I think of DEATH and reflect on all the things I wonít see anymore; buildings reflected in myriad colors on the Harlem River or the East River when I drive to work in the morning. I see a red and yellow fall tree, ice like diamonds clinging to a bare branch on a starkly naked tree ... laden with green in spring and summer, the vibrant hues exciting my eyes, the seasons of life. One day I wonít see this anymore. Iím afraid. Iím only fifty-five yet death pursues me and lies in wait to envelop me in its shroud. When I was six these same thoughts plagued me as they did again in my early adolescence, and now, they are here again once more.
I await with trepidation, acceptance and determination. Menopause is the beginning of the ending phase, the last third of oneís life. This may seem morbid yet if we think like this, it will (hopefully) effect the way we behave. Weíll have more understanding of the meaning of things if we think of ourselves as a guest here on earth.
In our hearts we carry around all the things that concern ourselves in a big bag, the things we say about ourselves and the things others say about us. Iíve begun to see the importance of how I let these things affect my life. We each seek in the other - a reflection of ourselves, to be seen through their eyes. Perhaps to reconfirm to our selves who we are, or how we want to be seen. Perhaps only to assuage our lonliness in knowledge of who the other is or who we see them to be in relation to ourselves. The other may be seen only as an extension of ourselves, or as undiscovered pieces of a puzzle or as a lost part of ourselves. How we see others and the meanings this takes on in our lives becomes more clear as we mature. We donít have to be affected by what others say about us, whether itís good or bad. We must remember that what they say only reflects their opinions and values, which is clouded by their perception of the world. So when someone praises or criticizes us, we can think, well, in their viewpoint I have done something praiseworthy or something not to their liking. Yet we donít have to lose our inner peace and balance because of their perceptions of us. Although we neednít be in agreement with their values, we can accept their kind words when praised because we can think that anyone who acted the way we did would be praised. At the stage of our lives we call menopause, we should try to remember how to maintain our inner peace when dealing with stressful situations, so we can remain calm and enjoy the remainder of our lives. Life is always much shorter than we imagine. It was only yesterday I was a child.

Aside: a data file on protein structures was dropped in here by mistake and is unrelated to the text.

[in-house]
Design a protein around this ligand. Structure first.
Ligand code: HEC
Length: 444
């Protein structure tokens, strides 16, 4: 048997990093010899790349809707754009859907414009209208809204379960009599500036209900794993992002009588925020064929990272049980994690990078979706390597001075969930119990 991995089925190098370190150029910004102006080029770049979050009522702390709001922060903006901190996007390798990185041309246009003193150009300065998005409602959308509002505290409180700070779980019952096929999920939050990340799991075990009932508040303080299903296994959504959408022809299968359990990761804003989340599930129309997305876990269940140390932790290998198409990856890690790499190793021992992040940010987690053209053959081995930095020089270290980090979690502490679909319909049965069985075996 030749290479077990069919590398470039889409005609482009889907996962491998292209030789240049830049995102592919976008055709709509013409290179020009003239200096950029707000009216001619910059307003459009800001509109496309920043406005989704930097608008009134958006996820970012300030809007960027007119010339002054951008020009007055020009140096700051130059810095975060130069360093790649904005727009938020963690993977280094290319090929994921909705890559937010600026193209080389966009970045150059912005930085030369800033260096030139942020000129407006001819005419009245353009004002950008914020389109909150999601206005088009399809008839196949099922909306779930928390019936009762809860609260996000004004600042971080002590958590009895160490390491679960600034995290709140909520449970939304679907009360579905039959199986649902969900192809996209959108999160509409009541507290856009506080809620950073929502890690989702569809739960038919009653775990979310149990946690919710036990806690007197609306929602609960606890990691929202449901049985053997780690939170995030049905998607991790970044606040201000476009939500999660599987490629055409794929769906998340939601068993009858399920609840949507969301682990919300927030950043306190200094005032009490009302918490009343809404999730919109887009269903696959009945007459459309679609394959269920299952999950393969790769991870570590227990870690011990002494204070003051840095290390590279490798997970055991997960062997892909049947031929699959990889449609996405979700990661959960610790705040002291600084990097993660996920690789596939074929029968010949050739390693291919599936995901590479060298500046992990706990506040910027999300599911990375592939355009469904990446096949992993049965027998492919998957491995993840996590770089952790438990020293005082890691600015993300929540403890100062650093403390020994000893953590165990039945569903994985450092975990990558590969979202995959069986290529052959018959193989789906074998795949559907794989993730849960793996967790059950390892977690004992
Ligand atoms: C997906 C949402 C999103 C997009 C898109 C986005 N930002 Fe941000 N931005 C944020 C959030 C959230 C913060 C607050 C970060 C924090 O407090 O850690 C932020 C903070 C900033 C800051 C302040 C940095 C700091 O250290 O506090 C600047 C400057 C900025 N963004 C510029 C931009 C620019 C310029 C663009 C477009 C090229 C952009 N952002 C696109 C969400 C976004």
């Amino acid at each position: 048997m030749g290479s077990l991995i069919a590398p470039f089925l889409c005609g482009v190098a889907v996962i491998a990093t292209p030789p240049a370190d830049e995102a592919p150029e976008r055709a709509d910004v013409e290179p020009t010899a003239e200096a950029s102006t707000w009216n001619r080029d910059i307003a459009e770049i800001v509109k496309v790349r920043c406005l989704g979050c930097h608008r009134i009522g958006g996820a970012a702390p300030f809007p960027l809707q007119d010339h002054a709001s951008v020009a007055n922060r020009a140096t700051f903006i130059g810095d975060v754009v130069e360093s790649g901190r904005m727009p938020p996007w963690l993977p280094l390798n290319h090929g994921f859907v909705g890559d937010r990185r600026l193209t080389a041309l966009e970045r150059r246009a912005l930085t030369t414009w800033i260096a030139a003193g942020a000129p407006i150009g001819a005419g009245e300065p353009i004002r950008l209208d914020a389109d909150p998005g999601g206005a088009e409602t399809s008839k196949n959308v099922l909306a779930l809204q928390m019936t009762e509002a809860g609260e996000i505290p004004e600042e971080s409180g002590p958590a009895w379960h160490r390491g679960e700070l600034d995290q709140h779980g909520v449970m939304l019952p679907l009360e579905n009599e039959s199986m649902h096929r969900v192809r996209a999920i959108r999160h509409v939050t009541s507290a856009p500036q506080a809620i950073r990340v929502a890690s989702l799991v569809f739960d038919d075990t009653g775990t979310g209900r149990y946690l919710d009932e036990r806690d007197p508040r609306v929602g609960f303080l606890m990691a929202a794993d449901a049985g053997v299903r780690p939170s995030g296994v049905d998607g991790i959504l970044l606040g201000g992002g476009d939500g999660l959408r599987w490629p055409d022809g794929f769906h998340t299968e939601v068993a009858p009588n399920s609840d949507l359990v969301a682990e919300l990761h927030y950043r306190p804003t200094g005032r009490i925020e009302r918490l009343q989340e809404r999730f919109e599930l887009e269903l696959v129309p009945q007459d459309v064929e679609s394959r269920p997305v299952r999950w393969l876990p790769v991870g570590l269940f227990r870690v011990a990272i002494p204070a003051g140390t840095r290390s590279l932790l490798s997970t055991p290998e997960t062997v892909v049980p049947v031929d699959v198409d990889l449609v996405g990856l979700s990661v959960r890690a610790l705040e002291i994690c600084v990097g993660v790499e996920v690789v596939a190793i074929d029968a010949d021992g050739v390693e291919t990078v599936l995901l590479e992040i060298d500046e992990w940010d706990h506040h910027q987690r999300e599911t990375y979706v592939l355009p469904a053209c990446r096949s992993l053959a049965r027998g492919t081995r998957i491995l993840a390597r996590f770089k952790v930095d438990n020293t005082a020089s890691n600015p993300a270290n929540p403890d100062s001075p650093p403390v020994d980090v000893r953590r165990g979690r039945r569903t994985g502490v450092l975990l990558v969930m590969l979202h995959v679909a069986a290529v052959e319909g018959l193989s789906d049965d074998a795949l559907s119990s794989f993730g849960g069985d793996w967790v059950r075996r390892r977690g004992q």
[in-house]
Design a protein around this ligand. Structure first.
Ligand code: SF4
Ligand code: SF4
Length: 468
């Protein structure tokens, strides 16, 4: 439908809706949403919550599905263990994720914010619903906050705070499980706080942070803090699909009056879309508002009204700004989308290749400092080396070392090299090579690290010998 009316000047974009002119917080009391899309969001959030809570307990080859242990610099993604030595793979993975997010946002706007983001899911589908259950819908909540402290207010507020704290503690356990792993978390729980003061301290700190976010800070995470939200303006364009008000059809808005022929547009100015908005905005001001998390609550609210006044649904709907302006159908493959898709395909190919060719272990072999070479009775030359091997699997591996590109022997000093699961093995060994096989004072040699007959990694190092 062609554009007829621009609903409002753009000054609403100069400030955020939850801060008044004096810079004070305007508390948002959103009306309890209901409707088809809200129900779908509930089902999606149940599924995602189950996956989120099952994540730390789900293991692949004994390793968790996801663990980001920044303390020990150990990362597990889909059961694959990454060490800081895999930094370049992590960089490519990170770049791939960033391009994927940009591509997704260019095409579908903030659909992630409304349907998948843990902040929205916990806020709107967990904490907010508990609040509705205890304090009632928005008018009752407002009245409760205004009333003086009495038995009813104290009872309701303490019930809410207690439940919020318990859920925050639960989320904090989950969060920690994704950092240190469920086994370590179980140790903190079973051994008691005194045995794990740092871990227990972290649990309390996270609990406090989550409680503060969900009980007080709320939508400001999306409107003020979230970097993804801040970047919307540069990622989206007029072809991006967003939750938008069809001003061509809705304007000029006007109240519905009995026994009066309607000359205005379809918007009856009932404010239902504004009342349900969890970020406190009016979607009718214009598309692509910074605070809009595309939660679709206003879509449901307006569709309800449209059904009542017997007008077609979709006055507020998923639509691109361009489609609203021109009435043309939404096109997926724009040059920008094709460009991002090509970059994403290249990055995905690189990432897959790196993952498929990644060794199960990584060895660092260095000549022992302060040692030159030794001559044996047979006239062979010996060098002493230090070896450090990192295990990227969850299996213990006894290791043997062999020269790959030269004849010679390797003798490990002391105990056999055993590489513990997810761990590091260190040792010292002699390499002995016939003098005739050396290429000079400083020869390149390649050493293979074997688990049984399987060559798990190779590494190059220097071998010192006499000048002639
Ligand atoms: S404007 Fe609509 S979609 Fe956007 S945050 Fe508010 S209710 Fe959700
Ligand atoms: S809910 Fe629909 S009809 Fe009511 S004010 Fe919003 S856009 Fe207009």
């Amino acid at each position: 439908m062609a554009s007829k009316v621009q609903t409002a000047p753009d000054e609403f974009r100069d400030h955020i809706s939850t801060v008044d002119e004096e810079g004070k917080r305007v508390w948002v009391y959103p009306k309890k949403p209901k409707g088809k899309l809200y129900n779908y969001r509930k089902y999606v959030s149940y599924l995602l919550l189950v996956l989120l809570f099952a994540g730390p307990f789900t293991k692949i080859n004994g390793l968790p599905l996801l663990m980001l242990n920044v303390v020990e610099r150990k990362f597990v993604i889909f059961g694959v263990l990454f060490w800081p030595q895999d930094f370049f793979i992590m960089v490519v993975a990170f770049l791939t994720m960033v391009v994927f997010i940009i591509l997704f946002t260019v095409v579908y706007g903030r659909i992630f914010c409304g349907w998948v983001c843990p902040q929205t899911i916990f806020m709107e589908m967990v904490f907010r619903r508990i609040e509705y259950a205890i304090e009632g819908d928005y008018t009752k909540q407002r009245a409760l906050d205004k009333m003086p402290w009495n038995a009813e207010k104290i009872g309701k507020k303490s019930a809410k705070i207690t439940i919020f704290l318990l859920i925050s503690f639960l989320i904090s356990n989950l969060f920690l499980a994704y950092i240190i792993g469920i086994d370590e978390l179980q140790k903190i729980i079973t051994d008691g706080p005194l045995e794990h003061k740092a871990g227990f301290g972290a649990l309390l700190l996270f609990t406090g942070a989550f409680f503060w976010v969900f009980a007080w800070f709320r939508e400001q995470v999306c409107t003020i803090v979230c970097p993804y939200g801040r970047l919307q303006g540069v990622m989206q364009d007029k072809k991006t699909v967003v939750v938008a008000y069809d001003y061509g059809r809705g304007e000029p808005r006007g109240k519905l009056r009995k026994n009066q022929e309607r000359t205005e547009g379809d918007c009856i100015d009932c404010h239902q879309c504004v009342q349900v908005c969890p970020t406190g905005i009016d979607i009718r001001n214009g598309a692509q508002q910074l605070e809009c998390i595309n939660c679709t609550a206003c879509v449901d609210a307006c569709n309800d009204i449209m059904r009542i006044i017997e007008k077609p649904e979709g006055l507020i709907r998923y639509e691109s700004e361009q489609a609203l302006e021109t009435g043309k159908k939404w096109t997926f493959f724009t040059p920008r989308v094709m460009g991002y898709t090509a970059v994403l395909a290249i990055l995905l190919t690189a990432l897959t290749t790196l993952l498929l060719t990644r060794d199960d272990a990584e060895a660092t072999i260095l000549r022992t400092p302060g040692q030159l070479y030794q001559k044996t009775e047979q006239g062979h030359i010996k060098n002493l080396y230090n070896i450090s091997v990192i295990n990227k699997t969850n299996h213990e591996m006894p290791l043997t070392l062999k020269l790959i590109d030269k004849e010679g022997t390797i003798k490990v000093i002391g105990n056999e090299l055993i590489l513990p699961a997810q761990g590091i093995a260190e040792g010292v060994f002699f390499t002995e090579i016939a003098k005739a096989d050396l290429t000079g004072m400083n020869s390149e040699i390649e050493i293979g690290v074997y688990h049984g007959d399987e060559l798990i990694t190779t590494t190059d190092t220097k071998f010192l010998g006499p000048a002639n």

The most important thing to remember, even when being morose, is that change often brings great beauty and wisdom. Menopause means change, thus one enters a different stage of oneís life, something we are in charge of and can make the most of.
Itís curious sometimes, because everyone talks about hot flashes in whispered tones, and I donít even know what a ďhot flashĒ is. I was always a bit chilly before, so now I just seem a bit more warm. This was the same way I used to feel when I used to listen to other women discuss PMS. While I occasionally, on the heaviest day of menstruation, felt this low ache in my back that traveled to my lower belly, it seemed that I could mostly not pay attention, and could just get on with it. If it felt really bad Iíd take a few ibuprofen and wait until Iíd get home from work and just put an ice pack or heating pad on. Some of my friends had to call in sick to work every month during their menses. Now that that part of my life is over, and especially worrying about pregnancy month to month, I donít miss it at all.
Strange isnít it? Consider your mortality and in comparison, most of lifeís difficulties seem petty. Think of this when you want to say something mean or when you feel wounded. Even at this point in our lives, we can still make life easier, by our viewpoint and controlling our stress levels. Think of living on borrowed time in regard to all you hold dear and then you will understand what I feel in about this change in my life and its meaning. †††

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Reviewed by m j hollingshead 1/24/2006
interesting
Reviewed by Manes Pierre, Ph.D. 8/25/2005
Hello Joy,

Although I am a man, I am completely in agreement with this piece. I can identify with the concept of borrowed time. We are all living on borrowed time. It can stressful to know that one day, we will face the inevitable. Meanwhile, we must make the best out of every moment of life as it changes.

Great write! Your thoughts were very moving and profound.

Peace,

Manes Pierre
Reviewed by Betty Torain 8/17/2005
Thanks JOY,

Your article is well written. Being 73 years old I know the importance of holding all things dear to me, one day at a time.

Please keep writing. Love , you made my day. Betty.